Historic Building of the Week St. Michael’s Church’s history spans four centuries

 

MARBLEHEAD WEEKLY NEWS

Old Photos: Live Photos 12/2/22

At 26 Pleasant St. sits a building that was constructed before America as we know it existed. St. Michael’s Church was built in 1714, more than 300 years ago. Of course, it has changed a bit since then.

When the church was first constructed, the area of the building was 48 square feet and built on a foundation of native stone. At the time of the church’s construction, Marblehead was a primarily Congregational community, but St. Michael’s was an Anglican church. It stood as a sort of rebellion against the Puritans and other independent religions and a revival of the Anglican church in the colonies.

The church was funded by 30 captains including Colonel Nicholson, the colonial governor of New York, Maryland and Virginia. It was established for the amount of 416 pounds, approximately $78,010 in today’s money. Later, they raised 373 pounds for the actual construction.

After the church’s completion in June 1715, William Shaw, the church’s first minister, arrived from England. However, the new church’s presence was complicated. St. Michael’s was required to financially support the other churches until Samuel Shute, the royal governor, made such contributions voluntary. 

Having the ability to retain more of their resources helped the new church, as it had overextended itself in construction. As such, some of the more mundane purchases for a church were a big deal. In 1717, they acquired a bell, Communion service began in 1724, and a chandelier was given to them in 1732. Even prayer books were too much of a cost, with ministers regularly asking around for them. An unusual addition under the church is a sepulcher, where over 100 years, pew owners and their families were buried.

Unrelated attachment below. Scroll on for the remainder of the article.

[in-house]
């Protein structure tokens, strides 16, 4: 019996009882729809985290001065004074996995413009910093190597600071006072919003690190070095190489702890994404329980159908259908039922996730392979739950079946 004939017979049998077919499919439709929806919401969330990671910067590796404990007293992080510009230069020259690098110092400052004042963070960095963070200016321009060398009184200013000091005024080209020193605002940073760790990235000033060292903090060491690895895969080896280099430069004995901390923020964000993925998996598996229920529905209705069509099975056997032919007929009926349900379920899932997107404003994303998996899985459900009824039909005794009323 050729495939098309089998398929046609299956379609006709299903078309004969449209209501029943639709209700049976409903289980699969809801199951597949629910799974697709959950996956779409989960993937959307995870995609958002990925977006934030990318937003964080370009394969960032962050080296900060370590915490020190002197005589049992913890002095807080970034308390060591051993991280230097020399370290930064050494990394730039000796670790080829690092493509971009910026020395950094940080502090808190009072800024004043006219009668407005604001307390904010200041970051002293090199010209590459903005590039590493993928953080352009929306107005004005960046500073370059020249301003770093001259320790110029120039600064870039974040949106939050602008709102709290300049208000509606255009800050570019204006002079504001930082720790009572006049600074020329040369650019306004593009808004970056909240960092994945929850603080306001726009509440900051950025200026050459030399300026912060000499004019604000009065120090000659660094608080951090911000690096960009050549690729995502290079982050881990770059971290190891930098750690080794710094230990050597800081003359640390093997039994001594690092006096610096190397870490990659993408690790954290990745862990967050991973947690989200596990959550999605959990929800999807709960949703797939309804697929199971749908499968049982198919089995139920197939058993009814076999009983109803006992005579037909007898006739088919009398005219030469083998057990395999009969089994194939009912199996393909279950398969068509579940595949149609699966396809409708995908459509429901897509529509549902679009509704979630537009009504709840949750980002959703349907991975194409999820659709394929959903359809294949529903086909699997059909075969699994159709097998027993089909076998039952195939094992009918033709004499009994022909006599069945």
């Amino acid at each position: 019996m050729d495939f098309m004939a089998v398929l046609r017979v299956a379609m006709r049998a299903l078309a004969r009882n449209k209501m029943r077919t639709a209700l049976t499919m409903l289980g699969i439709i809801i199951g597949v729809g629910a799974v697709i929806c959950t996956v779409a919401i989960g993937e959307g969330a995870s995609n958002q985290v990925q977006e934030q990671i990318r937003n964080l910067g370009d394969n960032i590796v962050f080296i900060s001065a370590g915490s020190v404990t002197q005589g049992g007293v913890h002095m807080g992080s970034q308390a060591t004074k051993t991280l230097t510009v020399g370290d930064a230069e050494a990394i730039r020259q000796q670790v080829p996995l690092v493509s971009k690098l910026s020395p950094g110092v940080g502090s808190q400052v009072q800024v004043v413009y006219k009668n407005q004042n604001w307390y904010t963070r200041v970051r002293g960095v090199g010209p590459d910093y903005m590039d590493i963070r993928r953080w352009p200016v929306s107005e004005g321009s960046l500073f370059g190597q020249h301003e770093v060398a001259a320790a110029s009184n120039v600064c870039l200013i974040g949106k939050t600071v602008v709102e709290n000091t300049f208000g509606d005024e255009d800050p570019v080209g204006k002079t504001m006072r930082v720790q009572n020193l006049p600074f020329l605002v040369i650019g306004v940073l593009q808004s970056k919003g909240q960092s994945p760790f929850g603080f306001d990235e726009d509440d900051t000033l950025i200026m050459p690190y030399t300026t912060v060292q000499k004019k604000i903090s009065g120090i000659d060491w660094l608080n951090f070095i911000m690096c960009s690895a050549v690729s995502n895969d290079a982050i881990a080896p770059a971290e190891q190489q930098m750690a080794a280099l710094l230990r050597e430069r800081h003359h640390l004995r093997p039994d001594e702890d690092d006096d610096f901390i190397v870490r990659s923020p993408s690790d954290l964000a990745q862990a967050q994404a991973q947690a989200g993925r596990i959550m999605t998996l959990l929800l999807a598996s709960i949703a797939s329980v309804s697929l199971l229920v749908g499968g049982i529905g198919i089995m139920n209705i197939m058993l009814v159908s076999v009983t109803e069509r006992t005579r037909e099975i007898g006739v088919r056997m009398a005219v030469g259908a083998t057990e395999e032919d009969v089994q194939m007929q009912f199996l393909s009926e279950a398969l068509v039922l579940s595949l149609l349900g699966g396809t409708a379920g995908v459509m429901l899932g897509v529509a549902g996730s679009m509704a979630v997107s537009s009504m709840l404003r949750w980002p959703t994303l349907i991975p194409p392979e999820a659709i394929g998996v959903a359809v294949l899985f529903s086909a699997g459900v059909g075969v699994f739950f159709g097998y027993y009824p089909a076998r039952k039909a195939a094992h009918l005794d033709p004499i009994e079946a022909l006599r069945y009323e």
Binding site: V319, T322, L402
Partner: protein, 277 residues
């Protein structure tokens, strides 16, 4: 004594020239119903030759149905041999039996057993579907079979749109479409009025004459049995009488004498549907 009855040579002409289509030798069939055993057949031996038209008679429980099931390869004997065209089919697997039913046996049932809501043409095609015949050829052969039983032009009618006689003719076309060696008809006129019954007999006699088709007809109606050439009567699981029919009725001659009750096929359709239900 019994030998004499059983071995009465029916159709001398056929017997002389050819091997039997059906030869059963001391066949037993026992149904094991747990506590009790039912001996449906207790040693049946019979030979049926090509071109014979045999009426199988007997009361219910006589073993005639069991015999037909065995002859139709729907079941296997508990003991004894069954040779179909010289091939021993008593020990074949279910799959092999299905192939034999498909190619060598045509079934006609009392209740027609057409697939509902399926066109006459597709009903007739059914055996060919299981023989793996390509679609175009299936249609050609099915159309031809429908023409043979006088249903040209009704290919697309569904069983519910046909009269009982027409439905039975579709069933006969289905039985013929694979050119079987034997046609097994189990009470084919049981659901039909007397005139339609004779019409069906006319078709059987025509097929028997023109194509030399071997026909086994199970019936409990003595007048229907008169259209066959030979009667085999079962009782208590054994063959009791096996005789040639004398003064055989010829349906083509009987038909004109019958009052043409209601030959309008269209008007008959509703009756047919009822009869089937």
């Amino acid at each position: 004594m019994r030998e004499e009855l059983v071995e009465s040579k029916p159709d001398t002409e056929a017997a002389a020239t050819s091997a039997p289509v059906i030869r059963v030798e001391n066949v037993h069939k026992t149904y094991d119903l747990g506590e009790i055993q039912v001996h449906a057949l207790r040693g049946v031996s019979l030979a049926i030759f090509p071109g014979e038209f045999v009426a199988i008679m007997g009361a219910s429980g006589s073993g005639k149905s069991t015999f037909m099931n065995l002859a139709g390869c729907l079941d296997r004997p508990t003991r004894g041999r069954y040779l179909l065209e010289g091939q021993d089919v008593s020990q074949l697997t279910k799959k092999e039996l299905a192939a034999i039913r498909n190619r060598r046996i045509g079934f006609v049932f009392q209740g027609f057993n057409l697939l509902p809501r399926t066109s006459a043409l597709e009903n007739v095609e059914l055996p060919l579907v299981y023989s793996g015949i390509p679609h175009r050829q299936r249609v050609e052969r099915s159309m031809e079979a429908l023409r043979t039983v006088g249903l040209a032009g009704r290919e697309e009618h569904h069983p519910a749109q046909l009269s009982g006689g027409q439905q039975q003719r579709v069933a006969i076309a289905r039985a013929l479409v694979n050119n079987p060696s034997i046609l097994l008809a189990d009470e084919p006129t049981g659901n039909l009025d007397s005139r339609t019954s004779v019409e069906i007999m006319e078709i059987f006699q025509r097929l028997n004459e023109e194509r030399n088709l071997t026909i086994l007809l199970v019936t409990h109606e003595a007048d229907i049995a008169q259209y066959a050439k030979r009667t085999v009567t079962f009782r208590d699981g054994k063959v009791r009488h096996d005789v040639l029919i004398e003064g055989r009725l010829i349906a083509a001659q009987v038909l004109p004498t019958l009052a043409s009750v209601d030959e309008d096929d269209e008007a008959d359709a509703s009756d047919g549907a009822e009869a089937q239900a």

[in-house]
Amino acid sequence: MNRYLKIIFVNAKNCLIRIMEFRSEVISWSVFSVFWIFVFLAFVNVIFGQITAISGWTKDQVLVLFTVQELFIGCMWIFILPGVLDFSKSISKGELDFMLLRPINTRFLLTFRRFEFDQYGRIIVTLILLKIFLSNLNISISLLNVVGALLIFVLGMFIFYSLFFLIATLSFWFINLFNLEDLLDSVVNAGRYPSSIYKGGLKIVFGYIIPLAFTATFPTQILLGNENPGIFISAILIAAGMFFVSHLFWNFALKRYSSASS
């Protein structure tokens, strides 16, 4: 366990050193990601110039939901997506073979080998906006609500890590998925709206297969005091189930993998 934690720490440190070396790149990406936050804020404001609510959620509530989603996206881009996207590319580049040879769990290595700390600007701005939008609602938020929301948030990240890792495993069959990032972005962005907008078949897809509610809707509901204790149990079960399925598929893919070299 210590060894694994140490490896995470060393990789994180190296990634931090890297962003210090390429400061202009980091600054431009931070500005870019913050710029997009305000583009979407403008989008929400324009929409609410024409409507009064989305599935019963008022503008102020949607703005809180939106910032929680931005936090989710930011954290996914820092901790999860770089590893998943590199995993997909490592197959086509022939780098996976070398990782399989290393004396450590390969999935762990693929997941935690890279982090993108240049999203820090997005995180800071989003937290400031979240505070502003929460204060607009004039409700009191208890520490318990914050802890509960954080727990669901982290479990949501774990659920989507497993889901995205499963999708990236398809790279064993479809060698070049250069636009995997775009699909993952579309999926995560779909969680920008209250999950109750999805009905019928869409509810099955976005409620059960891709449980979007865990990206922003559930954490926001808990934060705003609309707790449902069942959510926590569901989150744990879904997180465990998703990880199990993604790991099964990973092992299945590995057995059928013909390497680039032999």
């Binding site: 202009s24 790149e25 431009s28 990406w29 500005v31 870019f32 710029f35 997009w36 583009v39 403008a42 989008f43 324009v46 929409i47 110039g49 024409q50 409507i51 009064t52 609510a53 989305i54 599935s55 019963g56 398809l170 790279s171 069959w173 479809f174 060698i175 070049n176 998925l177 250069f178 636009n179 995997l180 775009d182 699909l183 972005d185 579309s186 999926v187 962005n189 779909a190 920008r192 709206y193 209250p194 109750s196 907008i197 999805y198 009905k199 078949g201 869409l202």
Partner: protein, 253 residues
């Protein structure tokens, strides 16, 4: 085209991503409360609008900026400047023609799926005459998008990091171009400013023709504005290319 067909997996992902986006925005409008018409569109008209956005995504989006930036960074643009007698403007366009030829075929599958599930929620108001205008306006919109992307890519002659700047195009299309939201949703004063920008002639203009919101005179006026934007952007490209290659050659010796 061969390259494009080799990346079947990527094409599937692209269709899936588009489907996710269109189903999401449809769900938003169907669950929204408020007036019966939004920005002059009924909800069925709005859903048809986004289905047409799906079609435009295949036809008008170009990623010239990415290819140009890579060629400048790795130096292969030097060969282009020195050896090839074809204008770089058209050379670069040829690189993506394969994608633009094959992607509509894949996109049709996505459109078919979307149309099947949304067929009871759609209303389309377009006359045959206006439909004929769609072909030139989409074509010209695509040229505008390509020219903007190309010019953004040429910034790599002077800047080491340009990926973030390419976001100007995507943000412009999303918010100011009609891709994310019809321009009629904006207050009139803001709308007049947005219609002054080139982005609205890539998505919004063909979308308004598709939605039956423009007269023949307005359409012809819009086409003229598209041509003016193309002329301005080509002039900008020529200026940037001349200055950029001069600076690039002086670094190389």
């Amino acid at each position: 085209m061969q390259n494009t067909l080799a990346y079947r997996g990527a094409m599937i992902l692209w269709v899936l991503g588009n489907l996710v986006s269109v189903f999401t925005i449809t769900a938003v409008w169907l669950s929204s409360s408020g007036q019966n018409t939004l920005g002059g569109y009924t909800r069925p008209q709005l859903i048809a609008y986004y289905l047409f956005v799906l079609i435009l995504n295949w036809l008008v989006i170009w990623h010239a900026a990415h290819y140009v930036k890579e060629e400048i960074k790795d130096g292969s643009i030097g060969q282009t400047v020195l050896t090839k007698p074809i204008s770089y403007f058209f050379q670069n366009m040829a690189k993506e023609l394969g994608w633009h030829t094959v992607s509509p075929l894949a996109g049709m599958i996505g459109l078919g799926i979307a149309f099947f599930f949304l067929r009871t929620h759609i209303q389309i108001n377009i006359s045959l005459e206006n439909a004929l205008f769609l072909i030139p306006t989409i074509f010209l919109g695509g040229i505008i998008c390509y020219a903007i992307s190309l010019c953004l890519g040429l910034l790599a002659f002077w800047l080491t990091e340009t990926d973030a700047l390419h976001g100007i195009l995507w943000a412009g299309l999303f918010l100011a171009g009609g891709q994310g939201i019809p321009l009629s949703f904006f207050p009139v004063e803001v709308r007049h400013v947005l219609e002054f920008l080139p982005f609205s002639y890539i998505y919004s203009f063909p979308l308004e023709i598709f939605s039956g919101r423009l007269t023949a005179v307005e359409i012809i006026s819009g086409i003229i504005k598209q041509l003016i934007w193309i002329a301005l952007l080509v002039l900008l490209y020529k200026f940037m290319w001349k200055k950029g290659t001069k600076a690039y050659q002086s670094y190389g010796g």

Eventually, as the congregation of St. Michael’s grew, so deepened their pockets.

In 1728, the church purchased 15 square feet of adjoining property and expanded the church building. Alexander Hamilton visited the church in 1744, and the congregation enlarged again. Records even claim that the bell they purchased cracked due to constant ringing to celebrate the Declaration of Independence (the bell would be recast in 1818 by Paul Revere himself).

But this growing support was short lived, as during the Revolution, Loyalists were made to suppress their support of the Crown or leave altogether. The church’s congregation declined until they paused services in 1818. Various ministers kept the church open through the late 1820s, when it was forced to close.

The year 1831 brought with it more change for St. Michael’s. Now a Congregational church, it reopened, but required extensive repairs and remodeling. According to the National Register of Historic Places, these 19th-century repairs transformed the church from unusual-looking and atypical to a Gothic Revival church with gothic-style windows. The pews, altar, and pulpit were also renovated. In 1888, stained-glass windows were installed. 300 years after its original construction, in 2014, a new steeple was added to replace one that rotted out in the 1700s.

This “Handsome Church in the Town of Marblehead,” as it was originally pitched, is still in use despite years of turbulence – social and structural. Perhaps there is some lesson we can learn from this building about strong foundations, weathering storms, or adapting to the changing times, but I’m not an advice columnist– I just write about old buildings.